Unfortunately, newspapers focus on doing it on the cheap — so they drop columns to save a few bucks, but they wind up using flaccid prose from the wire services — or in appealing to certain demographics (so that they buy a writer who appeals to a specific readership or who fits a certain profile, rather than the ones who write the best stuff). They’re thinking in conventional ways — using mostly traditional newspaper copy — while they live in unconventional times.
In short, newspapers have to be better gatekeepers. That’s not just in business. If you are running Iraq coverage, it still needs to be best in breed. And they need to think of every bit of filler, of every column, of every brief and every story as an opportunity to make themselves a must-read, a place their customers go to because they value the editors’ judgment in making something vital.
If you run a lousy computer column, someone will go online to find a good one. If you run a crappy personal finance column, readers will go online to find a good one, especially literate and computer-savvy business readers.
By doing so, many business readers have made their local business section mostly obsolete. That’s not to say that the Web is great and print stinks; it’s that, for example, MarketWatch’s base coverage is, roughly, the online equivalent of the AP. And if the newspaper is using the wire feed to fill its space, the average reader can do as well or better online, needs only to skim the local business stories and then moves on to the things THEY found online that cover the subjects better.
It comes down to this: As a business editor, I remember being excited whenever I changed columnists or brought something new to the paper. The reason I was excited is that I was always trying to create an upgrade, give readers the best columnist on any subject we felt they should see a column about. I dropped some popular, entrenched names (Louis Rukeyser, most notably) when I took over, in favor of folks who did the job better. And the readership studies for the paper showed that business section readership improved. I have to believe the changes were one reason why.
Again, if you are changing your section and you are NOT excited about how the alterations you are making are improving what you put out to the public, you have a problem.
Enough on this rant. I just think that if you polled business editors today and said, “Do you believe that you have the best … [fill-in-the-blank item that would appear in a newspaper] or that you could provide better coverage if you could use more content from the Web, buy more syndicated material,â€? etc., you’d find that business editors are running sections that they do NOT believe truly present the best mix of local/national stuff every day.
And if you can’t present that best-in-breed mix, why exactly do you think you deserve to survive?
An update posted on the web site of the union that represents business journalists working at The Wall Street Journal, Marketwatch, Dow Jones Newswires and Barron’s stated that the Dow Jones negotiators are becoming impatient in recent contract negotiations.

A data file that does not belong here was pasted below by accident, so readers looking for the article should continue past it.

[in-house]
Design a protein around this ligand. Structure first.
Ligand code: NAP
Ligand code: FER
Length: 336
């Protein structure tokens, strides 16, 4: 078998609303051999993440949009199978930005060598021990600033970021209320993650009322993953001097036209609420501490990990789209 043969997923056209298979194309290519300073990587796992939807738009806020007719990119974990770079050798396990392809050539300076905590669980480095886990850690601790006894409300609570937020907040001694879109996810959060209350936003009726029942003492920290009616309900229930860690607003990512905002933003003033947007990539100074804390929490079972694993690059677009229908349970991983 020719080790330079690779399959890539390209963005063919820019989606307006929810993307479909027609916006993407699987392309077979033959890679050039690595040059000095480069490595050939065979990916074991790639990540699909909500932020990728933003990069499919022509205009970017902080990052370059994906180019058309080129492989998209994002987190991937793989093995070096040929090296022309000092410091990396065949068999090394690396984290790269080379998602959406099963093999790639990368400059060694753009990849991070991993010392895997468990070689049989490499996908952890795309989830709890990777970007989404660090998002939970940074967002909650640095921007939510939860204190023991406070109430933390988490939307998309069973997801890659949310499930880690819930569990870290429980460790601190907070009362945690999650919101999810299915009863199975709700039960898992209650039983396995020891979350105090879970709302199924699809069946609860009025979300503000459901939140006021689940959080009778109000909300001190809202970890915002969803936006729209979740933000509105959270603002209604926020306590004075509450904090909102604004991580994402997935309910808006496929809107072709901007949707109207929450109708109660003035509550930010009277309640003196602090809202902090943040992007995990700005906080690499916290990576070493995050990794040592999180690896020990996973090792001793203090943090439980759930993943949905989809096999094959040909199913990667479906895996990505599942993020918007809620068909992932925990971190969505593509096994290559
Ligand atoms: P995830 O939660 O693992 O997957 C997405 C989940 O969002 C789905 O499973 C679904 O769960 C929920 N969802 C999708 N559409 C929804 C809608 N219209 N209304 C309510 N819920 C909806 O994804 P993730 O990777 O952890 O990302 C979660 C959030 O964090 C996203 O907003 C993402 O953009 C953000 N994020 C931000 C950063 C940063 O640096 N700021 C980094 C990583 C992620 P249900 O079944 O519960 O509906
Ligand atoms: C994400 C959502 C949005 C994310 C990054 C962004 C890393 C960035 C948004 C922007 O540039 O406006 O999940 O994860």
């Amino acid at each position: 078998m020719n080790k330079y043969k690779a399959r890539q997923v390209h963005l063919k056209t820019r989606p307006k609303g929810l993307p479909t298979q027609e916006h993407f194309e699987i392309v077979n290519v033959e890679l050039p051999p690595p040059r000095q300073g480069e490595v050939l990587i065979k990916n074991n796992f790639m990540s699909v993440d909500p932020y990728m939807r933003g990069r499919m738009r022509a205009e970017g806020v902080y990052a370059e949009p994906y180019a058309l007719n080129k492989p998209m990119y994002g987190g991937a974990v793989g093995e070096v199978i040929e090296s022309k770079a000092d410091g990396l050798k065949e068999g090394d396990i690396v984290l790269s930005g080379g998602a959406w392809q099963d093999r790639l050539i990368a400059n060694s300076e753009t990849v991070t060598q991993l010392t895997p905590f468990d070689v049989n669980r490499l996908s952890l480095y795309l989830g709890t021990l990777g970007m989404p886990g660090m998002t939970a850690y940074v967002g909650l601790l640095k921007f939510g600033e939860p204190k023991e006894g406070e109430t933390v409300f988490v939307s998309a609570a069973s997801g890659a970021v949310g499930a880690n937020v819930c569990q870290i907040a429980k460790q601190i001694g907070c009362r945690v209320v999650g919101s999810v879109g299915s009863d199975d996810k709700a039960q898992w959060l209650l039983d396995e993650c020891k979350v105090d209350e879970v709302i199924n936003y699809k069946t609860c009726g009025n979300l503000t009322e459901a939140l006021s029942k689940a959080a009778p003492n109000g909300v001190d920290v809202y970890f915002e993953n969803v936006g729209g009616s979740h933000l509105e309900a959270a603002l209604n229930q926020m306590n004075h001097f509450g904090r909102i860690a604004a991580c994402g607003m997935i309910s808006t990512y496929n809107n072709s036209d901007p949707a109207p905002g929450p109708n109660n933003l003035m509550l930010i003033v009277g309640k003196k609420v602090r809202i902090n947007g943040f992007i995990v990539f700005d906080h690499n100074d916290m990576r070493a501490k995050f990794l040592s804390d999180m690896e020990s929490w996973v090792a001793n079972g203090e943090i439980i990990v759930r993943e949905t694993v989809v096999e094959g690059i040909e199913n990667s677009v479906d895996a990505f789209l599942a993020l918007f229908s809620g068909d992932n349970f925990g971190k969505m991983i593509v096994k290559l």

The update stated, “They told us at our four-hour bargaining session on Tuesday January 9th that they are tired of talking about other issues and want to shift, abruptly, to healthcare, which they have said is their top priority.
“We told them that we are willing to discuss healthcare, and we reminded them that it is the top priority for many of us as well. We aren’t prepared to accept drastic increases in health costs just because the company has imposed them on management-level employees. The only way we would consider any changes at all would be if they were compensated for by improvements elsewhere, such as in wages, job security and other benefits.
“The signals from their side were not positive. In addition to demanding sharply higher health premiums and drug costs, they told us that they intend to offer us no more than ‘market’ wage increases. They said they remain unwilling to consider the majority of our other proposals.
“We pointed out to them that they have just announced 21 more layoffs of IAPE members, in addition to layoffs of many non-union employees, which was a terrible way to start the year and makes job security an even more urgent concern for all of us.
“We did finalize a minor agreement on premium pay, which would increase the minimum amount you’re paid for working on days off, and also would set rules about the timing for submission and approval of premium-pay requests.”
Read more here.
Dow Jones plans to cut an undisclosed number of jobs at its Newswire operations as part of a restructuring that also includes its Factiva operations, according to a Bloomberg story.
The Bloomberg story stated, “The number of positions to be eliminated will be announced at a company meeting this morning, a spokeswoman, Diane Thieke, said. Employees who will lose their jobs were to be contacted yesterday, the company said in a statement.